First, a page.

Review - Pearl Izumi Short Sleeve Triathlon Suit

Triathlon Plus magazine recently tested a range of male and female triathlon suits, narrowed them down to twelve, then reviewed these as the 'best of the best'.

I confess, I'm quietly delighted my Pearl Izumi triathlon suit did not make the top twelve, and that the sleeveless version was not one of the top picks.

In a race where every other person has a Huub, 2XU, Planet X or Zone 3 outfit, it's nice to wear something a little different.

For Pearl Izumi, it sucks.  For me, it's brilliant.  Because I love racing in this suit.

Now I admit I'm not expert.  However, I've used three other Tri Suits and three top / bottom combos.  Of them, this is by far the best all rounder.  Here's why.

Leg grippers: the shorts stay in place when you pull on your wetsuit, when on the bike and the run.  Yet they're flexible enough for me to stuff a gel wrapper up the leg once used - that's how I avoid littering the road.

Pad: when I felt this at Pearl Izumi's showroom I thought it was too flimsy.  That's exactly the same criticism of the sleeveless suit given in Triathlon Plus magazine, and I suspect the pad's the same.

I agree, it does feel flimsy.  But it's not uncomfortable.

In the past I sought out shorts for long-course, like the Zone 3 Lava, yet the pad in the Pearl Izumi Tri Suit is equally comfortable on the bike.

Frankly, I cannot explain this.  My backside hasn't suddenly got tougher.  But having a thin pad is much nicer for the swim and the run.

While we're dealing with criticisms...

Zip garage: Triathlon Plus magazine gives this as a major flaw, but I hadn't noticed.  Indeed, I had to dig out my suit to check whether or not it had one.  It doesn't, and I hadn't noticed, despite racing and training in widely varying conditions.  The 15 inch zipper is "for venting" says Pearl Izumi, perhaps not realising that in both ITU and Ironman races you can't lower your zip past the breast-bone without risking disqualification.

Now to some of the features I really like.

Sea salt, not sweat at Edinburgh
Wind-proofing:  this, combined with the next point, are the star features of the Pearl Izumi short sleeve suit.  The front panel is a fairly dense weave which cuts windchill on the bike.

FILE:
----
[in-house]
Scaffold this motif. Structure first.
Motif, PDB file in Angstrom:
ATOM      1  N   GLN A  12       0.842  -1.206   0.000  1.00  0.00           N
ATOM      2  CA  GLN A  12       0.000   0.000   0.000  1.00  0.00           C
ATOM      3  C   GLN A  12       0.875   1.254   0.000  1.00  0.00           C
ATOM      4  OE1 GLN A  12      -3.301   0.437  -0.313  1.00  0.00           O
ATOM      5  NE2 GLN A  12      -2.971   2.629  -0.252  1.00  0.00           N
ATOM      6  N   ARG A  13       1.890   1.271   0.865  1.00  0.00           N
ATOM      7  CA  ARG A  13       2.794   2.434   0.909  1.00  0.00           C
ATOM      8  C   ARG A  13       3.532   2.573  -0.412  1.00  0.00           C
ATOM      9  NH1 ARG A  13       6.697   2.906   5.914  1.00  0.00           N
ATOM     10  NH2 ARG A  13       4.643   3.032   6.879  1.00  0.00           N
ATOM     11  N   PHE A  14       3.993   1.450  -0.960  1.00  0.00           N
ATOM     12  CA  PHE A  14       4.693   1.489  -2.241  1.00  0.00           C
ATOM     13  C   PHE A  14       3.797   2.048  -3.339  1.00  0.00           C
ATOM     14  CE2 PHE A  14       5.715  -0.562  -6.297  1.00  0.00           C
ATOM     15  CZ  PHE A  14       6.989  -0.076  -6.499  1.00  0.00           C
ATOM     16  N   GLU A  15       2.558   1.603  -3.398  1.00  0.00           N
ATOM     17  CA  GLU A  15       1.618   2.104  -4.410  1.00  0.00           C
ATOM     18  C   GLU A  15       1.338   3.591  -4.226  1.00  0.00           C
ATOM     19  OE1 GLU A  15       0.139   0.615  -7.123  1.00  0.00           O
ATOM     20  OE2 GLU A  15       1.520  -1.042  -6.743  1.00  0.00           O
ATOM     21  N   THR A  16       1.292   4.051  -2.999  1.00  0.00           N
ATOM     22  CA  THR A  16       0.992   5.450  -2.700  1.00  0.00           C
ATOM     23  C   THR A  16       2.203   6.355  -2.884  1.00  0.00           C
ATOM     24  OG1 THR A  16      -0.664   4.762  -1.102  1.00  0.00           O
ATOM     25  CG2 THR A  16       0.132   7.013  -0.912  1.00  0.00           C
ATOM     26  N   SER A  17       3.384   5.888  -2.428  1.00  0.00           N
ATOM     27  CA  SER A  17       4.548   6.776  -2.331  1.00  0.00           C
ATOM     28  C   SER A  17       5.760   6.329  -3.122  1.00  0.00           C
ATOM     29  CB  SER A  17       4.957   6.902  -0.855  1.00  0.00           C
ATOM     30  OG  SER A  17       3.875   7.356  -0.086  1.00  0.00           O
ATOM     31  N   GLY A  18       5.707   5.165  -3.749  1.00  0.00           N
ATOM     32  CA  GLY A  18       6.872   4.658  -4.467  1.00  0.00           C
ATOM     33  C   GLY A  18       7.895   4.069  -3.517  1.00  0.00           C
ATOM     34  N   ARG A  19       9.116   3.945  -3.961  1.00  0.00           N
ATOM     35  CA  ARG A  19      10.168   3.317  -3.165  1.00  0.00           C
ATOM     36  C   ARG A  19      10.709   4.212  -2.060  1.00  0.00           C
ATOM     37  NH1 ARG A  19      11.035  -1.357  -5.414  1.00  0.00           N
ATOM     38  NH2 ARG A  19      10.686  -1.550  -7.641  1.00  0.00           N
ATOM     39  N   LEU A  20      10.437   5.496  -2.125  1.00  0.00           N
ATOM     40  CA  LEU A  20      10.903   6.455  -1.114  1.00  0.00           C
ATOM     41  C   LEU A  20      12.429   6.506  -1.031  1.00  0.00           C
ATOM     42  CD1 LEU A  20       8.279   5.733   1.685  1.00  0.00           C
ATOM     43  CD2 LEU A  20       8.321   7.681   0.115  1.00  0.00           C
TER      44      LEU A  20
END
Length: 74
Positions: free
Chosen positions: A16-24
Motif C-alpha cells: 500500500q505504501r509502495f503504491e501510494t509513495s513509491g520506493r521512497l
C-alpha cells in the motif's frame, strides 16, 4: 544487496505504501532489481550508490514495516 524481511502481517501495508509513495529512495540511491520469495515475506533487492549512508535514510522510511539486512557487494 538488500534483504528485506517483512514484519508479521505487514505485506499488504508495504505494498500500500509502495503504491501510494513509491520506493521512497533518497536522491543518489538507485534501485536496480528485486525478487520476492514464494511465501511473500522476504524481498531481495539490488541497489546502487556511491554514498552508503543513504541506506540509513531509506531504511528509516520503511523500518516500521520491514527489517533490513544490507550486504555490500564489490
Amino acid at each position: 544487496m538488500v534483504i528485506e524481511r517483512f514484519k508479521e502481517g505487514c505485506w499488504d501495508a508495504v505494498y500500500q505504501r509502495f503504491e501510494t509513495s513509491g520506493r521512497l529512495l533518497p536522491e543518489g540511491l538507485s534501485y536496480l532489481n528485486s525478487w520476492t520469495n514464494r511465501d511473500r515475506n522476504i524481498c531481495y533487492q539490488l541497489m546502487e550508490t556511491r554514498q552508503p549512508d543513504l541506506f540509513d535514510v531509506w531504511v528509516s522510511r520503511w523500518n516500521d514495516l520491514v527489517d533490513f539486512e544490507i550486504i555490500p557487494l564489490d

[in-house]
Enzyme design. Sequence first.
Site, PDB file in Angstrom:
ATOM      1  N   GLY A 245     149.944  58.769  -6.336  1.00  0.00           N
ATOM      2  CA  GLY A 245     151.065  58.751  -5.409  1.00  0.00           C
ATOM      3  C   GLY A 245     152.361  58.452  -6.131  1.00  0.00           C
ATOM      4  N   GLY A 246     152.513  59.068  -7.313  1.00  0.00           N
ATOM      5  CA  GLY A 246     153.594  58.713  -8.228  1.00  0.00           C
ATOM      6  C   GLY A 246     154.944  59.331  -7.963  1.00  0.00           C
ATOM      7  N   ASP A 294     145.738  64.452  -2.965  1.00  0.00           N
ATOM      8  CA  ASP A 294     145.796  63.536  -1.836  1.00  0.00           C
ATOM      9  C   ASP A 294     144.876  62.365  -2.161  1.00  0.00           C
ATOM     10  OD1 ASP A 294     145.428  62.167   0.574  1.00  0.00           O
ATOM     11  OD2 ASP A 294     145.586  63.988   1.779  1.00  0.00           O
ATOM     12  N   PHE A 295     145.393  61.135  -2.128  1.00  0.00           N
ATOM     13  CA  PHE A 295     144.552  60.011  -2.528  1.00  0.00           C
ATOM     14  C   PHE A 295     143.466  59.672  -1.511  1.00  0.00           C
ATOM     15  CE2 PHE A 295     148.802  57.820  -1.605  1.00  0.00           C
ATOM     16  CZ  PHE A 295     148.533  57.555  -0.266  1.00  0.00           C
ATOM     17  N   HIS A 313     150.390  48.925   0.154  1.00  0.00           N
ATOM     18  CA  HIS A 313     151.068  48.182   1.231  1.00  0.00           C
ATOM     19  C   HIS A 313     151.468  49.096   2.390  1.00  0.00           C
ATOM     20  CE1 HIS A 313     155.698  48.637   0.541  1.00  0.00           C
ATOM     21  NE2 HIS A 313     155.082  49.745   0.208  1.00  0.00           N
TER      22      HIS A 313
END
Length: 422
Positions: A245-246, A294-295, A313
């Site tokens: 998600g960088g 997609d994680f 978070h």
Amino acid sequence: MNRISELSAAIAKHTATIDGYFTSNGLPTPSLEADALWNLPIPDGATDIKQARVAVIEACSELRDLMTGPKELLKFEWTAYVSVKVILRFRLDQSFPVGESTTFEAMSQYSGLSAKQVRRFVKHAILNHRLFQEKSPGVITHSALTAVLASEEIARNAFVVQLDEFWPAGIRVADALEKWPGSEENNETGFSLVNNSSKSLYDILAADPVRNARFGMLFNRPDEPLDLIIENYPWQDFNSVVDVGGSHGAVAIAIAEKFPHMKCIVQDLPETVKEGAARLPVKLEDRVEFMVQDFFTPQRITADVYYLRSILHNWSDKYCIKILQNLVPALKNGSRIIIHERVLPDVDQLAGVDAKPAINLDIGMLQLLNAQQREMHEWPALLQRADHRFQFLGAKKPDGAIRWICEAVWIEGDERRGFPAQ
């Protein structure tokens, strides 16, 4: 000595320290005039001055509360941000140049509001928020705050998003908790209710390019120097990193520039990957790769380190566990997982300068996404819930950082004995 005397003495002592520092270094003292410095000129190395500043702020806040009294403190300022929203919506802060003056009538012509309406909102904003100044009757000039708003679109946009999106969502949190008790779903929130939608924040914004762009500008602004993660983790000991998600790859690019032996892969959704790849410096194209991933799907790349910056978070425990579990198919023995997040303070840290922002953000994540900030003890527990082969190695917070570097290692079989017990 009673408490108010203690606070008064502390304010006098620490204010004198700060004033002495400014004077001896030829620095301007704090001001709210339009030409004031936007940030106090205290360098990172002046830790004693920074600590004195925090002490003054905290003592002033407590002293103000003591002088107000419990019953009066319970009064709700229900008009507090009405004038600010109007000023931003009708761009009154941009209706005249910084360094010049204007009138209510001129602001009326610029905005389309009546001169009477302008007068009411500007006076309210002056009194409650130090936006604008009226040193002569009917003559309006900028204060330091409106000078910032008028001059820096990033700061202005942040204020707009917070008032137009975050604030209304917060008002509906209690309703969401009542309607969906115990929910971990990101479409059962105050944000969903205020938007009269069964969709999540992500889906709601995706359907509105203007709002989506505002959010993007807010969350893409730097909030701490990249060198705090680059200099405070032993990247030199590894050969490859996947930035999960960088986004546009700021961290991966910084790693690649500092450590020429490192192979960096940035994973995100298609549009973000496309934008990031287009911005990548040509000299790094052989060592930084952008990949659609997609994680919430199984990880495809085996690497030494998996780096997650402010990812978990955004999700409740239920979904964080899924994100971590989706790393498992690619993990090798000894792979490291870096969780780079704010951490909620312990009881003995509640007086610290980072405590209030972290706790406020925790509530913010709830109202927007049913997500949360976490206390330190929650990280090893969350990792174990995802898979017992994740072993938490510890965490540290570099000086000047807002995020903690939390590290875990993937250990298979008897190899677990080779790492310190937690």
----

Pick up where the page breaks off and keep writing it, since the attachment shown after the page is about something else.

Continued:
I used it in training in cool conditions, and raced in both sweltering hot (Ironman 70.3 Staffordshire) and very windy conditions (Ironman 70.3 Edinburgh) where it was chilly enough to need arm warmers.  In neither the cool nor windy conditions did I feel I needed to add a gillet.

That front panel, while not officially windproof, kept me comfortable.  One awkward side effect is that the salt from the sea-swim at Edinburgh showed clearly on the black fabric.

Ventilation: the sleeves and back panel are ultra breathable, so all the heat you're generating easily dissipates.  What's more it's factor 50 SPF, so you don't have to worry about slathering sunscreen on your shoulders in transition.  That saves time.  The black-bits are made of what the company calls In-R-Cool fabric, which is meant to provide cooling and sun protection while still keeping some compression.  It seems to work.

Pockets: big enough to hold gels, bars and sunscreen, but with a flap over the top ('envelope pockets' they're called) so they don't fill and cause drag in the swim.  I could squeeze in a gillet but not a jacket.

So these are some of the reasons why I like my Pearl Izumi tri suit.  If I haven't convinced you, and you're going to buy a Huub (or other popular brand)... great.

Running Injury - Elastic Laces and Why I Ditched Them

Greepers - way better than elastic
It took me a year to realise it but elastic laces were slowing me down in transition.  

That's exactly the opposite of they way it's meant to work!  

I'll explain why, explain the best solution I've found ( that's them alongside) and the story of how I got that pair from one of the top British female triathletes.